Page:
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The story is narrated by a psychiatric patient who claims to have travelled to the land of the kappa , a creature from Japanese mythology. A psychiatric patient, who is known only as "Number 23", tells the story of a time he visited the land of the kappa. He had lost his way in the mountains of Hotakadake and was surrounded by a group of the strange creatures, who then showed him around their home.
He found that the world of the kappa often appeared to be the opposite of how things were in the human world.
For instance, foetuses are asked by their fathers whether or not they want to be born. One replied, "I do not wish to be born.
In the first place, it makes me shudder to think of all the things I shall inherit from my father — the insanity alone is bad enough. The psychiatric patient relates how he met with kappa of many occupations. One of them, Geeru, told him that unemployed laborers are gassed and then eaten by the other kappa. Patient 23 also encountered Maggu, a philosopher writing a collection of aphorisms titled The Words of a Fool , which included the line "a fool always considers others fools".
He met another kappa called Tokku, a sceptical poet who had committed suicide and appeared to Patient 23 as a ghost by means of necromancy. He esteems Michel de Montaigne who justified voluntary death, but dislikes Arthur Schopenhauer because he was a pessimist who did not commit suicide. On his return to the real world, Patient 23 muses that the kappa were clean and superior to human society and becomes a misanthrope.
When it was first published, many Japanese reviewers saw it as an unsophisticated social satire that lacked insight. Tokku, the suicidal poet kappa, has often been seen as a self-portrait of Akutagawa, who took his own life the same year that Kappa was published. Kappa has had a number of translations into English. Geoffrey Bownas , a Japanese studies scholar, produced a third translation in From Wikipedia, the free encyclopedia.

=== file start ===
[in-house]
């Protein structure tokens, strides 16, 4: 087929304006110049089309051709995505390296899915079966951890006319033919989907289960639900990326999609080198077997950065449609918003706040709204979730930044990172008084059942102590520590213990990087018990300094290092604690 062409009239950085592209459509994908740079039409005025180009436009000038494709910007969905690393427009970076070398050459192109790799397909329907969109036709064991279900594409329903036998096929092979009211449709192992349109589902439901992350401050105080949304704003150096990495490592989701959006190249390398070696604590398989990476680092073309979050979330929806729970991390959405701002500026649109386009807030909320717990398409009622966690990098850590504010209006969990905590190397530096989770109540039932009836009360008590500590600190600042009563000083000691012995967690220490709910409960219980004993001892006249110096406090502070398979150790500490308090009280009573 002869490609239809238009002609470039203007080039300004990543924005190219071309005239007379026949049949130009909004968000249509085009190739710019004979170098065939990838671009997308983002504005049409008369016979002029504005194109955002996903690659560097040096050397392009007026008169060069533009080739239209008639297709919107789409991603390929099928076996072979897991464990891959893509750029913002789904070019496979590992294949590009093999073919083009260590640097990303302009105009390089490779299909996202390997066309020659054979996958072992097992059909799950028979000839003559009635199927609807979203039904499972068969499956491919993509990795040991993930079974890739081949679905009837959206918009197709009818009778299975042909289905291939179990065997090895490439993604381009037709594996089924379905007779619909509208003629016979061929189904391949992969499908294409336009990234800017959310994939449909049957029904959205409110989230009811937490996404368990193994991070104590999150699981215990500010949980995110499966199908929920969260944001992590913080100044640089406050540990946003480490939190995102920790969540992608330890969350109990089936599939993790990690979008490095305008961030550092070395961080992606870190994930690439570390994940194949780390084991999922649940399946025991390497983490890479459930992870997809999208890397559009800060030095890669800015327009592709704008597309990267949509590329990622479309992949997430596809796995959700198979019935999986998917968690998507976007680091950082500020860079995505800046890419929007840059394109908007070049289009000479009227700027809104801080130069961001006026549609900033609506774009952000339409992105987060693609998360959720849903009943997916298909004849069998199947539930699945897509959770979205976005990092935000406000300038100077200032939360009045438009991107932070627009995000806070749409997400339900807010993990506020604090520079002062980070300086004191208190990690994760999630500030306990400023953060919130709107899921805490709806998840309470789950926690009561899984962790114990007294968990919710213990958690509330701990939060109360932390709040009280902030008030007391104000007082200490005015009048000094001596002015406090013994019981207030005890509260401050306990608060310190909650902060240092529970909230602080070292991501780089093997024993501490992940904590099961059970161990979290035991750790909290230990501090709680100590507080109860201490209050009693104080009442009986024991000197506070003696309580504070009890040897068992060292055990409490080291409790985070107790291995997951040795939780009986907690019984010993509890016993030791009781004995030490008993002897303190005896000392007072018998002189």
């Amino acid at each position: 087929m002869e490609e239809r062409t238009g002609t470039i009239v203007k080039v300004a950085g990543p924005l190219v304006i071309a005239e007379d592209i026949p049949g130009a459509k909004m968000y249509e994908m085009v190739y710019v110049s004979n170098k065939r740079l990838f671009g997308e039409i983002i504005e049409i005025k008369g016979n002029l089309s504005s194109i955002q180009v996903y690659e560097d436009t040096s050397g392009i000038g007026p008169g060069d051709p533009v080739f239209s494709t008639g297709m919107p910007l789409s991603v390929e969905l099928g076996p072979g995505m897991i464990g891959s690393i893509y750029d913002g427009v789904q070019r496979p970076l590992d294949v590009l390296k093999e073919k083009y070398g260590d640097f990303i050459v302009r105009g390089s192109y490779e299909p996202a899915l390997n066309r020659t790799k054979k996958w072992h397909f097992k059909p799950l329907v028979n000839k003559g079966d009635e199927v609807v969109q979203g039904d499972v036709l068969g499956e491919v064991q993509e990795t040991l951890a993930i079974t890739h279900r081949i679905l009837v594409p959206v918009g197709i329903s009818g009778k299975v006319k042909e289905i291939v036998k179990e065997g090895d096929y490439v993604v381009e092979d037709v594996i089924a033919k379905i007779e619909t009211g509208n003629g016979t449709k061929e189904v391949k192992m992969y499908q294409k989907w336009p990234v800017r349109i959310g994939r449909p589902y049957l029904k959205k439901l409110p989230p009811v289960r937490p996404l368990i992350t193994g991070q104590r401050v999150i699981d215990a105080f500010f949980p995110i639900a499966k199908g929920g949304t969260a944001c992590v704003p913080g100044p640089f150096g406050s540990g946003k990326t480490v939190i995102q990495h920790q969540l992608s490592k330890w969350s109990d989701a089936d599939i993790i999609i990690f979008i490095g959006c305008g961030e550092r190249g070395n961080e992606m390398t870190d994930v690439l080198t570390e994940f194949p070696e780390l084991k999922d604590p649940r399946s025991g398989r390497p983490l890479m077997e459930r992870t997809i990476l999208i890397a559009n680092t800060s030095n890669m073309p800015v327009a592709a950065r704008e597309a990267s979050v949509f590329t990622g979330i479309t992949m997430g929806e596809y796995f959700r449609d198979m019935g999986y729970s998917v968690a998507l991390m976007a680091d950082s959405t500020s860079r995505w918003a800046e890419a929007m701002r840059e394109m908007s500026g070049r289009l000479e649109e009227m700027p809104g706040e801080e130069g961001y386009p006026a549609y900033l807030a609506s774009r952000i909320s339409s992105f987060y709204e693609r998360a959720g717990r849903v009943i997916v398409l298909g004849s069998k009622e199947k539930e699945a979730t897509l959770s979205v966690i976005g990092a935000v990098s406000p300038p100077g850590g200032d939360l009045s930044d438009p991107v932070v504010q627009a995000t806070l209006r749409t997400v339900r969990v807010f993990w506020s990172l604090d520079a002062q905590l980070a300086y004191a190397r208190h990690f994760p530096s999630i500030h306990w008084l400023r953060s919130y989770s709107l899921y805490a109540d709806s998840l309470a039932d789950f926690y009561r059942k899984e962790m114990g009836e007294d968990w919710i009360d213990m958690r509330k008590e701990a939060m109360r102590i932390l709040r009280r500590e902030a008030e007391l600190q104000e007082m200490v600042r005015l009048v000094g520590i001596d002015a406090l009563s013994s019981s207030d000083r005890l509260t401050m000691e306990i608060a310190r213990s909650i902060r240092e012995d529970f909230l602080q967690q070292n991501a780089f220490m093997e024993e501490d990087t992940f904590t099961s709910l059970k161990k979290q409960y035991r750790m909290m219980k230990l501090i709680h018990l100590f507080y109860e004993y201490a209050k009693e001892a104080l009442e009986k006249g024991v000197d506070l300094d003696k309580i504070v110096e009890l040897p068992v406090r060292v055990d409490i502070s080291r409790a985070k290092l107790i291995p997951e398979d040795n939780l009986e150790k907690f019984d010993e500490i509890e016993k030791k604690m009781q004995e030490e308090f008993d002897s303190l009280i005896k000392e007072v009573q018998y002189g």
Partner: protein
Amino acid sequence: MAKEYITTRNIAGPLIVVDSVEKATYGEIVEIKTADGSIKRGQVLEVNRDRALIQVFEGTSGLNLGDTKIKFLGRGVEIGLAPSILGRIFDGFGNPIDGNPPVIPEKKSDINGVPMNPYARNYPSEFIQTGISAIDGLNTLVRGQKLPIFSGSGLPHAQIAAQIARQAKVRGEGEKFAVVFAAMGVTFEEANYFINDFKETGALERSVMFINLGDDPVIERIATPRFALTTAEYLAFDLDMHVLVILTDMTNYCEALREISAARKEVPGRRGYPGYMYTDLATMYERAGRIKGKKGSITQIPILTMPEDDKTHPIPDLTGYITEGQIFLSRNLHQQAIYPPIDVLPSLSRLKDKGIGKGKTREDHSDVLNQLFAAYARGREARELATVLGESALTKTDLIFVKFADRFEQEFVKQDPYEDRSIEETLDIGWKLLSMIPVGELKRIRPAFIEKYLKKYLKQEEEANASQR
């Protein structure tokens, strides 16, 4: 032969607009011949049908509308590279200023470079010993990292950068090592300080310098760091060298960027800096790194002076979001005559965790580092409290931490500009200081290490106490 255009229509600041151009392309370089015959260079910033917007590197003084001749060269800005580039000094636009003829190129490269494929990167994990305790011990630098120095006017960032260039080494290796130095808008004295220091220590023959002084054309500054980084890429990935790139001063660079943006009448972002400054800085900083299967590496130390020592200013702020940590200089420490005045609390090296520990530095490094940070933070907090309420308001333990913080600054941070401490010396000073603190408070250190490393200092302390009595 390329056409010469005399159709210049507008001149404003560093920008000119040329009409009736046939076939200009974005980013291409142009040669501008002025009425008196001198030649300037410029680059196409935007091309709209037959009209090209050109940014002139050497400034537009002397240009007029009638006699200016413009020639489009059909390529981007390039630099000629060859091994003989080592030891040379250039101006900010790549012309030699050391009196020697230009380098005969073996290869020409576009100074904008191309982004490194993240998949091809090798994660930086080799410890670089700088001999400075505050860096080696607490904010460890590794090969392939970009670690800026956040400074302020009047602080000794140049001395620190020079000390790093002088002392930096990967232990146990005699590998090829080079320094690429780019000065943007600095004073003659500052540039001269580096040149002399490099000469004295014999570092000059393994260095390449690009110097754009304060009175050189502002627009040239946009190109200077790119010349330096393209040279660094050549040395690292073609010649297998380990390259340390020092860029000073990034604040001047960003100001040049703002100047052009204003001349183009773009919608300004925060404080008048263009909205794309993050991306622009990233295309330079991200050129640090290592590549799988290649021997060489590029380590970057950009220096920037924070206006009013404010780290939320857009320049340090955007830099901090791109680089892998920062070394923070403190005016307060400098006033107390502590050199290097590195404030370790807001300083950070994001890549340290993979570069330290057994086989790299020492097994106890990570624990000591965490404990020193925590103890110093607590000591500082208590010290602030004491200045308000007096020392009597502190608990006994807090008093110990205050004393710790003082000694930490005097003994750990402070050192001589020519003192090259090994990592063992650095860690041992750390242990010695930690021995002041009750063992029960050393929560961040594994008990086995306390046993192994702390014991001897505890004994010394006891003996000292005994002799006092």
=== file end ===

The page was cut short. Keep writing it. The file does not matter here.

Monumenta Nipponica , 27 1 , pp. Time , 25 August, Akutagawa Ryunosukei , Tokyo: Sanseidou, in Japanese. Tokyo Shimbun. Kappa Hidden categories: Use dmy dates from November All stub articles. Namespaces Article Talk. Views Read Edit View history.
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E ighty years ago, in January , Ryunosuke Akutagawa, his wife and his youngest son waited for the train that would take them back to Tokyo. Akutagawa and his family had been away for almost a year in the hope that the peace and quiet of his wife's village would restore Akutagawa's health and nerves. He was 34 years old and short stories such as "Rashomon" and "Jigoku hen" "Hell Screen" had established him as one of Japan's leading literary figures. These early stories were often grotesque but highly stylised retellings of classical Chinese and Japanese tales. He was also a noted critic and editor.
The story is narrated by a psychiatric patient who claims to have travelled to the land of the kappa , a creature from Japanese mythology. A psychiatric patient, who is known only as "Number 23", tells the story of a time he visited the land of the kappa. He had lost his way in the mountains of Hotakadake and was surrounded by a group of the strange creatures, who then showed him around their home. He found that the world of the kappa often appeared to be the opposite of how things were in the human world.
'Kappa': Akutagawa's masterpiece blunted by time but still fascinating
Amazon wishlist. The complete review 's Review :. Kappa is presented as the first-person account of a madman, Patient No. The story the man tells is of winding up in 'Kappaland', a whole different world into which he fell as he chased a Kappa while on a mountain-climbing excursion. Kappas are familiar from Japanese folklore, i. The average Kappa is about three feet and weighs twenty to thirty pounds. Their distinctive feature is: "the oval-shaped saucer to be found on top of its head", which hardens with age.